Elektrakosh blogged
May 1, 18 5:19am

Yup, it's still being a P.I.T.A and things are steadily going South. Good news (if you call it that) is I shall endeavour to post a status a day and if I have more time, I'll post a joke in my Daily Face/desk thread. I will respond to Pm's if/when I have time. Anyway, keep at it, you're doin' a sterlin' job!

Take care, you guys.
EpicRaptorMan blogged
May 1, 18 1:44am

The year is 1952 and George F. Sternberg has just dug up a 13-foot long fish in the arid lands of Gove County, Kansas, US. This fish was a predatory Xiphactinus audax which means "sword ray." But then what is it that makes this specific specimen so special? Well, that's just it, this is two specimens in one!
If analyzed closely, a 6-foot long Gillicus arcuatus (FHSM VP-334) can be seen in the stomach region of the Xiphactinus (FHSM VP-333); which was only double the size of its prey. Even more remarkable was the fact that the Gillicus fossil was completely intact. Not even remotely digested. The only explanation for this? The predator must have died before it even had a chance to digest its meal. Since the Gillicus was so large it is very plausible that it was still alive after being consumed. Struggling and panicking the Gillicus would inflict internal damage to the Xiphactinus, rupturing organs, killing the predator almost instantly! This Xiphactinus bit off more than he could chew -- literally.
Dynamite blogged
Apr 30, 18 10:38pm

Browser extensions for both Chrome (and Chrome-based browsers like Opera, Vivaldi, etc.) and Firefox are available to allow you to quickly share a webpage that you're on directly to a Neoseeker forum of your choice.

Find something interesting on your travels around the web? Share it with the rest of the community!

Download NeoShares for Chrome

Download NeoShares for Firefox
Gamerdude97 blogged
Apr 26, 18 1:23pm

As a kid it was common knowledge that people who worked in store or fast food jobs were career failures, but I look up to those people. At least they have a job. I don't even have that.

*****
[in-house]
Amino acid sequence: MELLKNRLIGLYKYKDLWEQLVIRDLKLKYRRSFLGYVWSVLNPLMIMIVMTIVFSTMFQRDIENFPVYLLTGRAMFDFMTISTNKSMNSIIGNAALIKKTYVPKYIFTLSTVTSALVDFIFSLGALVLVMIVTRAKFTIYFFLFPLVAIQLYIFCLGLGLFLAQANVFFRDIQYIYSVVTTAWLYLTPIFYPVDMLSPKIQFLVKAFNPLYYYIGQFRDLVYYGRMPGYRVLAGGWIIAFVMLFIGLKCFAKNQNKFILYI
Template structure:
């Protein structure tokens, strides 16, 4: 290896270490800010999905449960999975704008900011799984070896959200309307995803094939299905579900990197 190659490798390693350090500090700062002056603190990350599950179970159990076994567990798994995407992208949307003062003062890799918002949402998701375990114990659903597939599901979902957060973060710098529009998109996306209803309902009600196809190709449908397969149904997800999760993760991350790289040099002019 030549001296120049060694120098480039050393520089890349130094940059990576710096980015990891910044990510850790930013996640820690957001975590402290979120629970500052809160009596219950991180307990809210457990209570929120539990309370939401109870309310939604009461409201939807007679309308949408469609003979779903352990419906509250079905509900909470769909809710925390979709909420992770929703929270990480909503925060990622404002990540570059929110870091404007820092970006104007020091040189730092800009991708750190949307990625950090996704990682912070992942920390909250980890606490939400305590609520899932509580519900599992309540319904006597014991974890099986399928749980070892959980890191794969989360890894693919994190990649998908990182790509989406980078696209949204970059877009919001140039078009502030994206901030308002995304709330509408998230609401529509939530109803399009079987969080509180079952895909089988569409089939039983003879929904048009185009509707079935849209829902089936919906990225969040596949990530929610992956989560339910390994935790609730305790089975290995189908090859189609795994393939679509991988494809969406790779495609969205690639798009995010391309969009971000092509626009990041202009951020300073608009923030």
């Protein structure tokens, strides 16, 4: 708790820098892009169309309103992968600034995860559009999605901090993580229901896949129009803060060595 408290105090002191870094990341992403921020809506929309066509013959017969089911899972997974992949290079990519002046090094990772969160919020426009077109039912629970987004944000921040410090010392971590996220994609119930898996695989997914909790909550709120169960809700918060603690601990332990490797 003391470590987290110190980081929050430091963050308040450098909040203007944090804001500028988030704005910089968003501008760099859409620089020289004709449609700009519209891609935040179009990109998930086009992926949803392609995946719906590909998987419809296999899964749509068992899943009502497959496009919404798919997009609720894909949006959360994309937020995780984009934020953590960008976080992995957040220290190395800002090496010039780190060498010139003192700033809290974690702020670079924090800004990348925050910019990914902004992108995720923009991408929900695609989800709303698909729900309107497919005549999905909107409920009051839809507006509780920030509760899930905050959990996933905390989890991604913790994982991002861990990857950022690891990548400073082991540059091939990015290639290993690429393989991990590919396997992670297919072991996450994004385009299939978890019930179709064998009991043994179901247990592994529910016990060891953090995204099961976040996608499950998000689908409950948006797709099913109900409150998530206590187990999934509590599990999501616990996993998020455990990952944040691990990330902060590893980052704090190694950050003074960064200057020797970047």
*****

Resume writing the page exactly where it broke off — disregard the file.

RaThaLoS 123 MhFu blogged
Apr 26, 18 2:46am

Motivating quotes from the founder of neoseeker

quote Redemption
Some quotes:

I cannot control how the wind blows, but I can set my sails to take me anywhere.
- variation of a quote "I can't change the direction of the wind", Aug 11 2017

Time is the most important currency. It’s only ever a one-way spend. You can never get it back, do it over, get a refund, save it, invest it, gain it, or lose it. No specific amount of time is guaranteed to anyone. Choose wisely, and don’t frivolously spend it.

Internet comment, Jan 30 2017

"Act with a determination not to be turned aside by thoughts of the past and fears of the future" Robert E. Lee - added Apr 24 2015.

"I can't do everything, but I can do something. It's not an excuse to do nothing." found Feb 16 2015

"Rich is he, not one who has much, but wants little" - user comment on news about the economic challenges. Added Jan 16 2015.

"There is purpose. It's easy to see. If you feel there is no purpose... then choose purpose. Go out and save someone, help someone or save the Earth. People do it every day."
- Youtube user, in response to someone saying maybe there is no purpose to life. Added Mar 3 2013.

"I didn't have time to write a short letter, so I wrote a long one instead." - Mark Twain
Added Jan 9 2012